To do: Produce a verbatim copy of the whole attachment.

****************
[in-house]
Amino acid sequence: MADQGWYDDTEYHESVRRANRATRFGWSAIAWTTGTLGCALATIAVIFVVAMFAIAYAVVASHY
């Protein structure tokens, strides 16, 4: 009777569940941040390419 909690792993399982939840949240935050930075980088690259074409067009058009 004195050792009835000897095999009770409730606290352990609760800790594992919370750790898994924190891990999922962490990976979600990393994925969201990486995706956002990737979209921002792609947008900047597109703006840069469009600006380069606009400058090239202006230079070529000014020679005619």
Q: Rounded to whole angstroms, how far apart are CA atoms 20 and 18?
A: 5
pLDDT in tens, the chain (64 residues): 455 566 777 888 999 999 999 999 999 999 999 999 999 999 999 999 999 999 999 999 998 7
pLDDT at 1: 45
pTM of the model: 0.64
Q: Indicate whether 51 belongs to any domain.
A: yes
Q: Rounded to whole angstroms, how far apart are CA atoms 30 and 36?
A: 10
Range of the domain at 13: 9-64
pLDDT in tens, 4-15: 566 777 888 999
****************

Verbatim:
[in-house]
Amino acid sequence: MADQGWYDDTEYHESVRRANRATRFGWSAIAWTTGTLGCALATIAVIFVVAMFAIAYAVVASHY
């Protein structure tokens, strides 16, 4: 009777569940941040390419 909690792993399982939840949240935050930075980088690259074409067009058009 004195050792009835000897095999009770409730606290352990609760800790594992919370750790898994924190891990999922962490990976979600990393994925969201990486995706956002990737979209921002792609947008900047597109703006840069469009600006380069606009400058090239202006230079070529000014020679005619």
Q: Rounded to whole angstroms, how far apart are CA atoms 20 and 18?
A: 5
pLDDT in tens, the chain (64 residues): 455 566 777 888 999 999 999 999 999 999 999 999 999 999 999 999 999 999 999 999 998 7
pLDDT at 1: 45
pTM of the model: 0.64
Q: Indicate whether 51 belongs to any domain.
A: yes
Q: Rounded to whole angstroms, how far apart are CA atoms 30 and 36?
A: 10
Range of the domain at 13: 9-64
pLDDT in tens, 4-15: 566 777 888 999